The suit was brought by property owner Jason Thompson and the 1851 Center for Constitutional Law, a non-profit entity. At issue in the case was whether the City’s ordinance violated the Fourth Amendment, because it subjects homeowners to a warrantless inspection of their property. (A similar challenge is also pending in the federal court for the northern district of Ohio involving the point of sale inspection of the City of Bedford, a Cleveland suburb. That case has also been certified as a class action.)

Under the Oakwood ordinance, it was unlawful for a property owner to transfer title or any equitable ownership of the property or change tenants without having an inspection conducted by the city. Upon completion of the inspection the city issued a “certificate of occupancy.” Without such a certificate the new owner or tenant could not legally occupy or use the property. The fee for the inspection was $60 and any owner who failed to comply with the inspection requirement or who occupied the premises without the certificate of occupancy was guilty of a minor misdemeanor.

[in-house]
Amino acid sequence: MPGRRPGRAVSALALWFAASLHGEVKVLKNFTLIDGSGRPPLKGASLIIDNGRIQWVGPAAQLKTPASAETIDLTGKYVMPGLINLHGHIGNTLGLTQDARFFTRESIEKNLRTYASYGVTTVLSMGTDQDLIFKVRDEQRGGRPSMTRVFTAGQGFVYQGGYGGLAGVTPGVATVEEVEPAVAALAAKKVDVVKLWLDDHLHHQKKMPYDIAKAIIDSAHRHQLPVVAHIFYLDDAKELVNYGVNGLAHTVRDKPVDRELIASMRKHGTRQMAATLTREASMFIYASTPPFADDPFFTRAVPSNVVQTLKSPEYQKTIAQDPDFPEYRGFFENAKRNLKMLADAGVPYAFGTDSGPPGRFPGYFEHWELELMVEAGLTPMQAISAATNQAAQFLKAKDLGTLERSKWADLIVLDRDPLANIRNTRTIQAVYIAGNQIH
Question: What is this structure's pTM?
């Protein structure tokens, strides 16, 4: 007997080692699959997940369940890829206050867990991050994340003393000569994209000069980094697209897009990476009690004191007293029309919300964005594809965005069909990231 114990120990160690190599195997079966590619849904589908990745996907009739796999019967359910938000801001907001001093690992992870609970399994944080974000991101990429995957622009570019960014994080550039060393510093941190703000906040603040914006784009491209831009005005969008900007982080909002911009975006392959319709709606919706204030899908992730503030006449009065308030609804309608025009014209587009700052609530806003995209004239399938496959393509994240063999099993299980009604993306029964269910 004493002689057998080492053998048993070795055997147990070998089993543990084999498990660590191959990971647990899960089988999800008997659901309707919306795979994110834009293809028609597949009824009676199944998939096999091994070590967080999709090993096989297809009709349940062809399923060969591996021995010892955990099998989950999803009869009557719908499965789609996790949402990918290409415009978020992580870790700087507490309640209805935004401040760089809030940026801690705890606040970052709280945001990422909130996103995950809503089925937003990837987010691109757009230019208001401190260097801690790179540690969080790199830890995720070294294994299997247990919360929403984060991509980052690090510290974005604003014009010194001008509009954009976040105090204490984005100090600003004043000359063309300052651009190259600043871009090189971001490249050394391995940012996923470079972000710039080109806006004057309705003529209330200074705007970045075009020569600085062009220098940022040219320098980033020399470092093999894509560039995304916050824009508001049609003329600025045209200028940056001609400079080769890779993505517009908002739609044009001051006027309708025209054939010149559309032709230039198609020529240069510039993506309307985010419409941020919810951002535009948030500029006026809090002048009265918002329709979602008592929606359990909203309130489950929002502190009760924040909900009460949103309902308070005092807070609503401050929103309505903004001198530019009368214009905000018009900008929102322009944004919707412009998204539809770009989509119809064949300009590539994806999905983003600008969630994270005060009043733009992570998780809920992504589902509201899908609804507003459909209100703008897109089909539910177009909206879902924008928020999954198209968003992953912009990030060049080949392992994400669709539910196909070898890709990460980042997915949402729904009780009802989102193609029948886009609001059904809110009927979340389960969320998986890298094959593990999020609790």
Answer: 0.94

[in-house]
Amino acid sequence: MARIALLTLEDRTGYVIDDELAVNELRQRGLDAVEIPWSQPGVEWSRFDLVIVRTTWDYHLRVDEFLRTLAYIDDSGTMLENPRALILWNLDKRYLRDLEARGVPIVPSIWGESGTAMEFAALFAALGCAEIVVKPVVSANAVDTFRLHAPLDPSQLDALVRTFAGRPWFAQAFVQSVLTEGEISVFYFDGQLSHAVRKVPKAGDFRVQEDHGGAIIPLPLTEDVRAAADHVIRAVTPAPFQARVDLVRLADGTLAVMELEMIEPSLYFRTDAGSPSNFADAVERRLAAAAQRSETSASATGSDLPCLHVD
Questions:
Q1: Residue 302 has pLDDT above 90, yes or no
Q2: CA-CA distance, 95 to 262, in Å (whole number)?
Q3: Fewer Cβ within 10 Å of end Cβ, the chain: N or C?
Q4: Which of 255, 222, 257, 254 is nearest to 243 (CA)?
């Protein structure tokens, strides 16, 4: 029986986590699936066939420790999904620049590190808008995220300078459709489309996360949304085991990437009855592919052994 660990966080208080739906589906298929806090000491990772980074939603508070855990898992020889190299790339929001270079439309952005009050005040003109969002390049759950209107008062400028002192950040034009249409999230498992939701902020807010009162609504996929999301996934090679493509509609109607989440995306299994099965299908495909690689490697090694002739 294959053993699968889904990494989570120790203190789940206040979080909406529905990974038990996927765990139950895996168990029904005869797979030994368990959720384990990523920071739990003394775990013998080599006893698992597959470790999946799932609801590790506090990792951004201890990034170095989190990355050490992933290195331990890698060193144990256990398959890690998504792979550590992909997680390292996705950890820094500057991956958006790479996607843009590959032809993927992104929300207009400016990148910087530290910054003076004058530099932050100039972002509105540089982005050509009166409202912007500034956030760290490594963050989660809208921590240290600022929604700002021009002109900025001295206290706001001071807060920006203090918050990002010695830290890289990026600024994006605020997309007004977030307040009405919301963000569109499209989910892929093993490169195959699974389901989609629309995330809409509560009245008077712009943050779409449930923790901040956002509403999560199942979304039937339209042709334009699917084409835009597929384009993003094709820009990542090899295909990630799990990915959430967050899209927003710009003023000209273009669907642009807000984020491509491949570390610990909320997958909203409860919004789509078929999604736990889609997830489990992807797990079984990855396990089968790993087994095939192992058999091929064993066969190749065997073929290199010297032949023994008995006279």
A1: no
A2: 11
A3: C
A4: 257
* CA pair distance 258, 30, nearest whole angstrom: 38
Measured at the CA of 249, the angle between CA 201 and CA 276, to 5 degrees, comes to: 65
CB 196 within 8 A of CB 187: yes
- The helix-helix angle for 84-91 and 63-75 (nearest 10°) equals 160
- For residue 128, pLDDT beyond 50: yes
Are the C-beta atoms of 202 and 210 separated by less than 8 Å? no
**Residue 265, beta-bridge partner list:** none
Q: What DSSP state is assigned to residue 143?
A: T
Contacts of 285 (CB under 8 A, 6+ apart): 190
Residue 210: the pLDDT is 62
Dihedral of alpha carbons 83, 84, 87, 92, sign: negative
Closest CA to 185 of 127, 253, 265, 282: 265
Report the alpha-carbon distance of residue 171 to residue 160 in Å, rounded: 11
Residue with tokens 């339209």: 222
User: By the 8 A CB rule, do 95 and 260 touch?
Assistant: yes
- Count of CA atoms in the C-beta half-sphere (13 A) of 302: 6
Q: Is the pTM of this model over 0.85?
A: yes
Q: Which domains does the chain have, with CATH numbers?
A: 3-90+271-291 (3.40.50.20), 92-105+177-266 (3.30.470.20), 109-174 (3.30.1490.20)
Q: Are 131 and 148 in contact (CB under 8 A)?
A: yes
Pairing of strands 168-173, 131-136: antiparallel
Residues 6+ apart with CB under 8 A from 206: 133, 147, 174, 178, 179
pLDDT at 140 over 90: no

In its lawsuit the plaintiffs sought a declaratory judgment that the ordinance was unconstitutional, an injunction against the city from enforcing the ordinance and restitution of the $60 inspection fee. Shortly after the suit was filed, Oakwood agreed to a preliminary injunction that suspended its enforcement of certain provisions of the ordinance. Two months later, Oakwood passed an emergency order repealing the ordinance and replacing it with one that provides for an administrative warrant procedure. The plaintiffs in this lawsuit did not challenge the amended ordinance.